The Division Culture has given itself the task of better informing the public about traditional form of hunting and also to defend it wherever it is threatened. They are ancestral ways of hunting that had adapted to the changing times without losing their authenticity, while symbolizing the essence of ethical hunting.
Hunting with hounds originated by the use of many different breeds of dog, which are utilized for their practicality, and it assures the well being of these superb races. Strongly rooted in the culture of nations who practice it, hunting with hounds is at the heart of the hunting culture of art, literature, sculpture and influences the popular language of societies.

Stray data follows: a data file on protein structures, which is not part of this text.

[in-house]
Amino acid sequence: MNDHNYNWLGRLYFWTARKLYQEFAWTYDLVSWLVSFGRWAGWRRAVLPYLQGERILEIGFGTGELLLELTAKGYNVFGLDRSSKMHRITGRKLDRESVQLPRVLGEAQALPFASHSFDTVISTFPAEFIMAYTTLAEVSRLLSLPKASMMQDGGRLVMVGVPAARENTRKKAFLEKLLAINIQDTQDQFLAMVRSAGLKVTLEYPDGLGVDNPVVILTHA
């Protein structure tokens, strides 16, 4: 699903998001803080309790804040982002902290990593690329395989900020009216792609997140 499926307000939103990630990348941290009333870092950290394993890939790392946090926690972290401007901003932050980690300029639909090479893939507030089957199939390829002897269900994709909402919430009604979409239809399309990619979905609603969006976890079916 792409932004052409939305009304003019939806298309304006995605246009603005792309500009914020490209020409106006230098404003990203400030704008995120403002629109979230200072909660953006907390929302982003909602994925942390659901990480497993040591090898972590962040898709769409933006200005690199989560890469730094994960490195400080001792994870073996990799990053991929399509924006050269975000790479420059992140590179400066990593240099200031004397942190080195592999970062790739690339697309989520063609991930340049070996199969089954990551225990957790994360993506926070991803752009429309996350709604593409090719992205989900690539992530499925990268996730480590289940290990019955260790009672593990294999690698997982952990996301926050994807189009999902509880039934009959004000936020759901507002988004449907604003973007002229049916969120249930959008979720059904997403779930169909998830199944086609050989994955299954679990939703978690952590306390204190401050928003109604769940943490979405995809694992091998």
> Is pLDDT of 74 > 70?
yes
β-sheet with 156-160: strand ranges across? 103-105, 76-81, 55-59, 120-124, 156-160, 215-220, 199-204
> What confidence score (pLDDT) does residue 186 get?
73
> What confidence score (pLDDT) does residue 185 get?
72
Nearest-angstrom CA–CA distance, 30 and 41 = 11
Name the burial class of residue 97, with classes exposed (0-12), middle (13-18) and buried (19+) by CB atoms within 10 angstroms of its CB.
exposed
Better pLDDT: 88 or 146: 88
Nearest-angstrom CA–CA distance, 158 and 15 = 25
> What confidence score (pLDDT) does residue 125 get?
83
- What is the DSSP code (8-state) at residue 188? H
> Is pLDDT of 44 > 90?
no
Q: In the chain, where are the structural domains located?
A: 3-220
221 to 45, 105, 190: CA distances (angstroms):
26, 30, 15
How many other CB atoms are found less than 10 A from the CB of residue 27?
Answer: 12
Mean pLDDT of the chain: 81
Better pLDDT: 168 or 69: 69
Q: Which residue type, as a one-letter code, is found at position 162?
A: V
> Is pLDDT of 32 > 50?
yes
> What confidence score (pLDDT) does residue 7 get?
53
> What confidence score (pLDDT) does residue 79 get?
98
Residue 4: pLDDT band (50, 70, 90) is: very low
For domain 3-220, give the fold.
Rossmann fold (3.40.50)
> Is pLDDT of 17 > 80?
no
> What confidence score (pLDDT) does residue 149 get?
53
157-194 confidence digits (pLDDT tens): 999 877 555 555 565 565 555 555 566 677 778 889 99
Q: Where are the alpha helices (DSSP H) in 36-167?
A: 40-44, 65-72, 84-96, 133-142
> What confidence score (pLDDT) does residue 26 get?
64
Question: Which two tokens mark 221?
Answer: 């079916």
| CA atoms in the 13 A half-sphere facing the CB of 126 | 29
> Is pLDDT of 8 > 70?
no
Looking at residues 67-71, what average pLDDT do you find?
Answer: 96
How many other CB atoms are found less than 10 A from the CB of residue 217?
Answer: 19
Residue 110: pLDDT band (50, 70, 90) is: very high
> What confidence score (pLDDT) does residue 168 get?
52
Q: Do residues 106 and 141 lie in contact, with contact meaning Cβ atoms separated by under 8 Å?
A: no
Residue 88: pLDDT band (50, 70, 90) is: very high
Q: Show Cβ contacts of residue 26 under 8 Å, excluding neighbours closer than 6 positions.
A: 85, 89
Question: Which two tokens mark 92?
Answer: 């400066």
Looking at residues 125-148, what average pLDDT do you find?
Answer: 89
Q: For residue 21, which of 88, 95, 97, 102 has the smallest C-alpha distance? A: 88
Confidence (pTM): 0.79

It is towards 1500 BC when hunting dogs made their first appearance: Egyptian representations demonstrated hunting with dogs towards hare and gazelle. In Middle Ages, the Celt and the Normans were the first to practice the form of hunting on horseback and are in a way responsible for introducing hunting with dogs. Today this form of hunting is practiced in fifteen countries (France, Great Britain, United States, Ireland, Canada, Belgium, Holland, Portugal, Australia, New Zealand, India, Kenya, South Africa, Lithuania, Italy) grouping 1110 teams, 52000 dogs and approximately 20000 horses.